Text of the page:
• Buildings insurance: Covers the main structure of the holiday building, including permanent fixtures and fittings such as roof, ceilings, walls, floors, and fitted kitchens and bathrooms if damaged.

In the following sections, we dive deeper into each insurance policy and explore how each will protect your property.

Public Liability Insurance

Public liability insurance protects property owners from legal expenses and compensation should you be found liable if the guest suffers injury, illness, disease or death during the stay at your holiday property.

Public liability coverage isn't compulsory, but it could save huge payouts if a guest experiences an accident on or off your property. If you let your property via an agency, there may be contractual obligations to have public liability coverage, so check with the company that is helping you let the property see if you need the coverage before you apply for the insurance.

You should consider the following factors when determining your public liability insurance policy:

  • Property features: If you have additional features in your property, such as a swimming pool, hot tub or open fire, you will want to mention them to your insurer so they can be covered in your policy in case they cause any harm to your guests.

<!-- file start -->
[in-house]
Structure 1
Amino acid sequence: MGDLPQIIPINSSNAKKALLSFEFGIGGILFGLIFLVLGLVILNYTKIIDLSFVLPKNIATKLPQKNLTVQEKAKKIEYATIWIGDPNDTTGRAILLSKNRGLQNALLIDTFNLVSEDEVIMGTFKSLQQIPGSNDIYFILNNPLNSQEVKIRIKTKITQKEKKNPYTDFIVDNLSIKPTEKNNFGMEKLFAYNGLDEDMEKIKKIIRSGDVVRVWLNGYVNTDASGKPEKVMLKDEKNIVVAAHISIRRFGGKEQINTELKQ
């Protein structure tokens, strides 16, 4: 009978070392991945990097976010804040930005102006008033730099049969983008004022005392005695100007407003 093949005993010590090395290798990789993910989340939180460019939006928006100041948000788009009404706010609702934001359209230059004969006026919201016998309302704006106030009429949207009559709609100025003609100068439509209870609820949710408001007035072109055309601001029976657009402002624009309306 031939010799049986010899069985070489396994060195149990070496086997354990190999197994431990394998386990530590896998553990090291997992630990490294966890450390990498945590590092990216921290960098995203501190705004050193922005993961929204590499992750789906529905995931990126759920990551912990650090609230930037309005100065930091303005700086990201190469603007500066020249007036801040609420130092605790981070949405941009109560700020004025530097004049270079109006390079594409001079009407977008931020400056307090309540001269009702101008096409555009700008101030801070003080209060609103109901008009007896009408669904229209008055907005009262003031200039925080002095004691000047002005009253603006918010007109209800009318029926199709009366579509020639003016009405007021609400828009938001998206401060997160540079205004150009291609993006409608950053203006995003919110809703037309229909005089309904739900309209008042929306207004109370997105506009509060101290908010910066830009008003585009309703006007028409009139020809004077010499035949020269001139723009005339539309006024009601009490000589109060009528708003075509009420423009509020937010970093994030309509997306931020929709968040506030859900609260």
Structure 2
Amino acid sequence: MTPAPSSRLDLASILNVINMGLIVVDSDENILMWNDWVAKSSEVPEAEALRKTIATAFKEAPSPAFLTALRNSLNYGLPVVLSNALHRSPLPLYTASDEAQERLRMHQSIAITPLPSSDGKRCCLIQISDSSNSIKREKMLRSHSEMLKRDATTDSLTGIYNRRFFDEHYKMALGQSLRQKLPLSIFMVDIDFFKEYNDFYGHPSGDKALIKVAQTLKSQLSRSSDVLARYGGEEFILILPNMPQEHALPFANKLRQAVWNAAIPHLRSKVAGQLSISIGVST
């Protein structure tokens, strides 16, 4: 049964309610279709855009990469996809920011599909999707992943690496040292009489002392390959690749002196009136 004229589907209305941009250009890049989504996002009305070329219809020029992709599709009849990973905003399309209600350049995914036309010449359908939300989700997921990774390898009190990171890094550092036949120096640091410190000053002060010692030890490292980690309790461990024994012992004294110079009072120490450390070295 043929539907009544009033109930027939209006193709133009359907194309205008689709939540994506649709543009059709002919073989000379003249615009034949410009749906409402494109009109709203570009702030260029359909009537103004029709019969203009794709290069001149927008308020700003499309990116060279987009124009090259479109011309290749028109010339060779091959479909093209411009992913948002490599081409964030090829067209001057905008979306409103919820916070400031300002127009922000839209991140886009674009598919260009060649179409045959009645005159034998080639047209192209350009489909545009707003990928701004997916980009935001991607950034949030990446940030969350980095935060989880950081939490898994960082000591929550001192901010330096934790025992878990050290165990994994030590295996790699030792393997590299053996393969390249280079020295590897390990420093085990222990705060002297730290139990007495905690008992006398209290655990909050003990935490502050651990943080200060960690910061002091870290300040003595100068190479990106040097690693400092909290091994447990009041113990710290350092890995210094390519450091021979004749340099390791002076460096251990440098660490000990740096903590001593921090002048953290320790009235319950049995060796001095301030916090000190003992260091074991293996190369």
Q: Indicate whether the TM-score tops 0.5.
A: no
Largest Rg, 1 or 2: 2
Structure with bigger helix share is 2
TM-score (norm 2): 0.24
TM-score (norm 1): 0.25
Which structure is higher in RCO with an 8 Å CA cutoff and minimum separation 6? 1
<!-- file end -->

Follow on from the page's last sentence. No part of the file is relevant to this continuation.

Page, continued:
• Stairs, pavements, and flooring: If you've got steep stairs, uneven pavements, or slippery flooring, they could be additional risks for your residents. You must check your policy to cover potential problem areas and add appropriate signs and warnings to the property.
  • Other potential hazards: Look at your holiday homes and see if there is anything that could cause harm to your guests; the more you're aware of the risks, the more you can add to your coverage.

As well as making sure the above factors are included in your policy, use them as a reminder to get these things checked for health and safety so you can try to avoid potential accidents.

Contents Insurance

Contents insurance compensates for claims for loss or damaged or stolen items within the property caused by hosting activities. The insurance covers items within your property from damage or theft. Most insurers have a limit on how much coverage you can get for individual items or a limit on the total cost of a claim.

You will need to take inventory of all the content within the property and list their estimated values; this way, you can determine how much coverage you need and use the information in any claims that may arise.